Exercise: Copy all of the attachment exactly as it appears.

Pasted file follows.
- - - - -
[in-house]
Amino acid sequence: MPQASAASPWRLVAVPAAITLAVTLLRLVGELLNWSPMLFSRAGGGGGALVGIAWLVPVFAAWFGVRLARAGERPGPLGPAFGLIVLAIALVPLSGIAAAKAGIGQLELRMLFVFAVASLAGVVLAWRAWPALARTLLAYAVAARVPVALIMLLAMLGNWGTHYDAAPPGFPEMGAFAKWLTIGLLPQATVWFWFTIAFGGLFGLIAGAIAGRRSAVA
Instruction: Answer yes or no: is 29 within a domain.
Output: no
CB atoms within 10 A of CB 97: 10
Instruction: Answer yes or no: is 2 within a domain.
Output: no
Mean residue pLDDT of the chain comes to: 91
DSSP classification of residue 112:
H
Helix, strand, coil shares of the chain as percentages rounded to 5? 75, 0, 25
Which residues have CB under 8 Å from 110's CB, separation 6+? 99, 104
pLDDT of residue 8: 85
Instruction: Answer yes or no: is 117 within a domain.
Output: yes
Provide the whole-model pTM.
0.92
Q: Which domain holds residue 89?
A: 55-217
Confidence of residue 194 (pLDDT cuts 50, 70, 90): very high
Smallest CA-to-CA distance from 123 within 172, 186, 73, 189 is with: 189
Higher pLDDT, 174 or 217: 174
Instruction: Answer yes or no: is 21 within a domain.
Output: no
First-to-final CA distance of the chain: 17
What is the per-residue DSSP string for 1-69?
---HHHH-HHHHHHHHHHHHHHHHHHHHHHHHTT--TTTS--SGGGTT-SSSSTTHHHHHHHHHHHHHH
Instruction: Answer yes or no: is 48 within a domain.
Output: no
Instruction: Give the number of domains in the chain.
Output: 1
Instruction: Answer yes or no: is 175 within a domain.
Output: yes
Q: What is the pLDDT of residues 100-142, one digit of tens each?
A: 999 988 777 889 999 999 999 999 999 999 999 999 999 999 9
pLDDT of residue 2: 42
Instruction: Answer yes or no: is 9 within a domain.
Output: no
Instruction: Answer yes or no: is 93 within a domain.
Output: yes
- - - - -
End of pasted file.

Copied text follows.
[in-house]
Amino acid sequence: MPQASAASPWRLVAVPAAITLAVTLLRLVGELLNWSPMLFSRAGGGGGALVGIAWLVPVFAAWFGVRLARAGERPGPLGPAFGLIVLAIALVPLSGIAAAKAGIGQLELRMLFVFAVASLAGVVLAWRAWPALARTLLAYAVAARVPVALIMLLAMLGNWGTHYDAAPPGFPEMGAFAKWLTIGLLPQATVWFWFTIAFGGLFGLIAGAIAGRRSAVA
Instruction: Answer yes or no: is 29 within a domain.
Output: no
CB atoms within 10 A of CB 97: 10
Instruction: Answer yes or no: is 2 within a domain.
Output: no
Mean residue pLDDT of the chain comes to: 91
DSSP classification of residue 112:
H
Helix, strand, coil shares of the chain as percentages rounded to 5? 75, 0, 25
Which residues have CB under 8 Å from 110's CB, separation 6+? 99, 104
pLDDT of residue 8: 85
Instruction: Answer yes or no: is 117 within a domain.
Output: yes
Provide the whole-model pTM.
0.92
Q: Which domain holds residue 89?
A: 55-217
Confidence of residue 194 (pLDDT cuts 50, 70, 90): very high
Smallest CA-to-CA distance from 123 within 172, 186, 73, 189 is with: 189
Higher pLDDT, 174 or 217: 174
Instruction: Answer yes or no: is 21 within a domain.
Output: no
First-to-final CA distance of the chain: 17
What is the per-residue DSSP string for 1-69?
---HHHH-HHHHHHHHHHHHHHHHHHHHHHHHTT--TTTS--SGGGTT-SSSSTTHHHHHHHHHHHHHH
Instruction: Answer yes or no: is 48 within a domain.
Output: no
Instruction: Give the number of domains in the chain.
Output: 1
Instruction: Answer yes or no: is 175 within a domain.
Output: yes
Q: What is the pLDDT of residues 100-142, one digit of tens each?
A: 999 988 777 889 999 999 999 999 999 999 999 999 999 999 9
pLDDT of residue 2: 42
Instruction: Answer yes or no: is 9 within a domain.
Output: no
Instruction: Answer yes or no: is 93 within a domain.
Output: yes